In our countries two circumstances are linked: underdeveloped industry and an agrarian system of feudal character so no matter how hard the living conditions of the urban workers are, the rural population lives under even worse conditions of oppression and exploitation. With few exceptions, the rural population also constitutes the absolute majority, comprising more than 70 percent of the Latin American populations.

Not counting the landowners who often live in the cities, this great mass earns its livelihood by working for miserable wages as peons on plantations. They till the soil under conditions of exploitation no different from those of the Middle Ages. These circumstances determine in Latin America that the poor rural population constitutes a tremendous potential revolutionary force.

The armies in Latin America are set up and equipped for conventional warfare. They are the force through which the power of the exploiting classes is maintained. When they are confronted with the irregular warfare of peasants based on their home ground, they become absolutely powerless; they lose 10 men for every revolutionary fighter who falls. Demoralization among them mounts rapidly when they are beset by an invisible and invincible army which provides them no chance to display their military academy tactics and their military fanfare, of which they boast so heavily, and which they use to repress the city workers and students.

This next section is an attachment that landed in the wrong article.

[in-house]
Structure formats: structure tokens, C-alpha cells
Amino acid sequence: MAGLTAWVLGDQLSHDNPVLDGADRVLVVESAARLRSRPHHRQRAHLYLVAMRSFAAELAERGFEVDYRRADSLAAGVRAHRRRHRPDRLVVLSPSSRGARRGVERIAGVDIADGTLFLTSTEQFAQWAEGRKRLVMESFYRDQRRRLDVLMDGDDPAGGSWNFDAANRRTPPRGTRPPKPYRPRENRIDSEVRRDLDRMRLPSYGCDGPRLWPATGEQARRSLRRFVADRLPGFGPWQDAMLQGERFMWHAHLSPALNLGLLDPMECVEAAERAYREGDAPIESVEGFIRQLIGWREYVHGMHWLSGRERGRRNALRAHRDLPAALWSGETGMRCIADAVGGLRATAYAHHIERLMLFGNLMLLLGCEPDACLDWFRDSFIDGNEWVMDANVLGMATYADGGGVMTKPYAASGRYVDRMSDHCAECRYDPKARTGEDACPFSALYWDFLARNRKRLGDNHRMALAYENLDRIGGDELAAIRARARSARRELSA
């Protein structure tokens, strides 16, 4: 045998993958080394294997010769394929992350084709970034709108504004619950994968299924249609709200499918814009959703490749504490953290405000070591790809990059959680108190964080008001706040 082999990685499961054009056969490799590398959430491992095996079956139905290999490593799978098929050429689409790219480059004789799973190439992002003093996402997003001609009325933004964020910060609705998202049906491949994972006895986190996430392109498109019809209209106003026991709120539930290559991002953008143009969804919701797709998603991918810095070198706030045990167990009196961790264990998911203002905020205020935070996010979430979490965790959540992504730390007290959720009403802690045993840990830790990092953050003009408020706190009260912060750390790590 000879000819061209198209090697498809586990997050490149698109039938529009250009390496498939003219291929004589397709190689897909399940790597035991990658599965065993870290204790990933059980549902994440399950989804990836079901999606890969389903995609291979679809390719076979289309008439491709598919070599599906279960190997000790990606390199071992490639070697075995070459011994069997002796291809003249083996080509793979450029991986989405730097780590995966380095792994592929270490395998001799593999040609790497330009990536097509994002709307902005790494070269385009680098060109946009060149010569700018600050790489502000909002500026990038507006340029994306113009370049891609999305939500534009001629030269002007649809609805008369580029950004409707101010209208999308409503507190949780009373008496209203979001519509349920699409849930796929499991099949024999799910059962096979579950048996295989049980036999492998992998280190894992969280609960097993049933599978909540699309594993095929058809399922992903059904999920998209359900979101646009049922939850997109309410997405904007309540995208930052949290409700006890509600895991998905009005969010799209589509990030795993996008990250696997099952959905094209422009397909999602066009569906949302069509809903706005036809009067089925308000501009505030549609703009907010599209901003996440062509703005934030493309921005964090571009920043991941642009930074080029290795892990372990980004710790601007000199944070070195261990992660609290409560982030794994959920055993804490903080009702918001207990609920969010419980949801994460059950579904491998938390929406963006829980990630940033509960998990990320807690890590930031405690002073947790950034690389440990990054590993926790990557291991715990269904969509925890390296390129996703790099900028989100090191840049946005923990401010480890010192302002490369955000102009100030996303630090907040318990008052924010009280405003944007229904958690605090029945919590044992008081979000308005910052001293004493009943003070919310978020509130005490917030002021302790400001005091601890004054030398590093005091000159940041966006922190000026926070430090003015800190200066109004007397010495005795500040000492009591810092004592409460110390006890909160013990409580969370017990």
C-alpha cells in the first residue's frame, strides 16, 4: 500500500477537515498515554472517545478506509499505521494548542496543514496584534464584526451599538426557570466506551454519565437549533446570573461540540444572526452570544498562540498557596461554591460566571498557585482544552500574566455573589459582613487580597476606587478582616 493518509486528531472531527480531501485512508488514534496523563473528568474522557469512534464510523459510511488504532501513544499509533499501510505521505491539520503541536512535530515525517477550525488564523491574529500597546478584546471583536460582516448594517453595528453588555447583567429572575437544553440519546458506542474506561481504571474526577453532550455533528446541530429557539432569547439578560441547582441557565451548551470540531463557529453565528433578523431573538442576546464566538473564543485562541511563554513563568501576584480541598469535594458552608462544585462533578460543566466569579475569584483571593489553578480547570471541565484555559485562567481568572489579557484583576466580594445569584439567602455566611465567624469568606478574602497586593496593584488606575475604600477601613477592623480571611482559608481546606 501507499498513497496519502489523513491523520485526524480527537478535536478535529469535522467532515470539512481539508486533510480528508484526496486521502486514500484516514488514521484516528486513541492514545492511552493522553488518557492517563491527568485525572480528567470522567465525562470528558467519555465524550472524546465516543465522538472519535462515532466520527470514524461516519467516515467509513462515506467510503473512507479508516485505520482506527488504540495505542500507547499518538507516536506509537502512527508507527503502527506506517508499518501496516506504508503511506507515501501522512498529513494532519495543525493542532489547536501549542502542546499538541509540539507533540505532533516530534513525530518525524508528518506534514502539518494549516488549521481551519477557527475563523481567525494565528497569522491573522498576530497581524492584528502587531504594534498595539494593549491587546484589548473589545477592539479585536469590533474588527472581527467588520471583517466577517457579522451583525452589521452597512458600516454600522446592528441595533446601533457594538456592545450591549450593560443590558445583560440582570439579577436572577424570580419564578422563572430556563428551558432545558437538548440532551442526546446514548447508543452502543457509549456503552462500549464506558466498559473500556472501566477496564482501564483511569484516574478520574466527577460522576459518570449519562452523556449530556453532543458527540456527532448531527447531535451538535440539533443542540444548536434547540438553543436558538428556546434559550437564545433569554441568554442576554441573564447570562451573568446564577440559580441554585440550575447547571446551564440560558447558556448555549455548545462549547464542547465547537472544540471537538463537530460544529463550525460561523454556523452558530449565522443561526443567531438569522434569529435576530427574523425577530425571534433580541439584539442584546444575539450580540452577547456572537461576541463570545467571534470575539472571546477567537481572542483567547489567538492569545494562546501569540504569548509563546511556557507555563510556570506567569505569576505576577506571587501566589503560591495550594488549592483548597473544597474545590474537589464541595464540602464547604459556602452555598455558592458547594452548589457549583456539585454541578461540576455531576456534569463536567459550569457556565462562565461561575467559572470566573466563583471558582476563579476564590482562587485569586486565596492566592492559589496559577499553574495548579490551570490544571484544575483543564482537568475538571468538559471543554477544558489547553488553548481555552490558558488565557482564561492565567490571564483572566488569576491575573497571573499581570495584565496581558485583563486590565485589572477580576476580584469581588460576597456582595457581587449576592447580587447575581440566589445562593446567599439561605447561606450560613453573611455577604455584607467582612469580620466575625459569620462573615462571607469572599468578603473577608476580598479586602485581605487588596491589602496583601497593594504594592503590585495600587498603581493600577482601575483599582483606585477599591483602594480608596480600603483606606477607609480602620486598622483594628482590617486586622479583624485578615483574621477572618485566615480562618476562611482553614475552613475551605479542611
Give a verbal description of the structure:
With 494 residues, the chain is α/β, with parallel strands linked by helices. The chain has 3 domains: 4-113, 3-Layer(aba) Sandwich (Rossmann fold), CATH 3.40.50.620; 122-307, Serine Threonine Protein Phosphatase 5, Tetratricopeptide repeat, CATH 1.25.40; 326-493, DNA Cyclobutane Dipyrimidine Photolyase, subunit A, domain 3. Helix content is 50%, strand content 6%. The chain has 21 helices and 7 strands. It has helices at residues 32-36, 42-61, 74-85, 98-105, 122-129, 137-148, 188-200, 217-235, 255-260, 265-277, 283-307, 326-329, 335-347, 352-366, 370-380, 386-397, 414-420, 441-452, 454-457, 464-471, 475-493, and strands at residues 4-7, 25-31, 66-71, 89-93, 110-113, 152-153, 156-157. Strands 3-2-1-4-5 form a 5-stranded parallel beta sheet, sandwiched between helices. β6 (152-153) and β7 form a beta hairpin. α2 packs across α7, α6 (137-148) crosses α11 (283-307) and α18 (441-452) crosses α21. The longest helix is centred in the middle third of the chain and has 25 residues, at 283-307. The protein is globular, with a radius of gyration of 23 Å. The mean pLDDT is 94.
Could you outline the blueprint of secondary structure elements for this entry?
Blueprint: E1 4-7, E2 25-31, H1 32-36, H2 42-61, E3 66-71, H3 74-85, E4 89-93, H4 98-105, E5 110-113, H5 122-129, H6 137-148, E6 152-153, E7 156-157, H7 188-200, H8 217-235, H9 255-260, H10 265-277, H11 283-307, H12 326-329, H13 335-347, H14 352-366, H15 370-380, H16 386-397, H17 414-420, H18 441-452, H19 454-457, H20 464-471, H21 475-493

The initial struggle of the small fighting units is constantly nurtured by new forces; the mass movement begins to grow bold, bit by bit the old order breaks into a thousand pieces, and that is when the working class and the urban masses decide the battle. What is it that from the very beginning of the fight makes these units invincible, regardless of the numbers, strengths and resources of their enemies? It is the people’s support, and they can count on an ever-increasing mass support.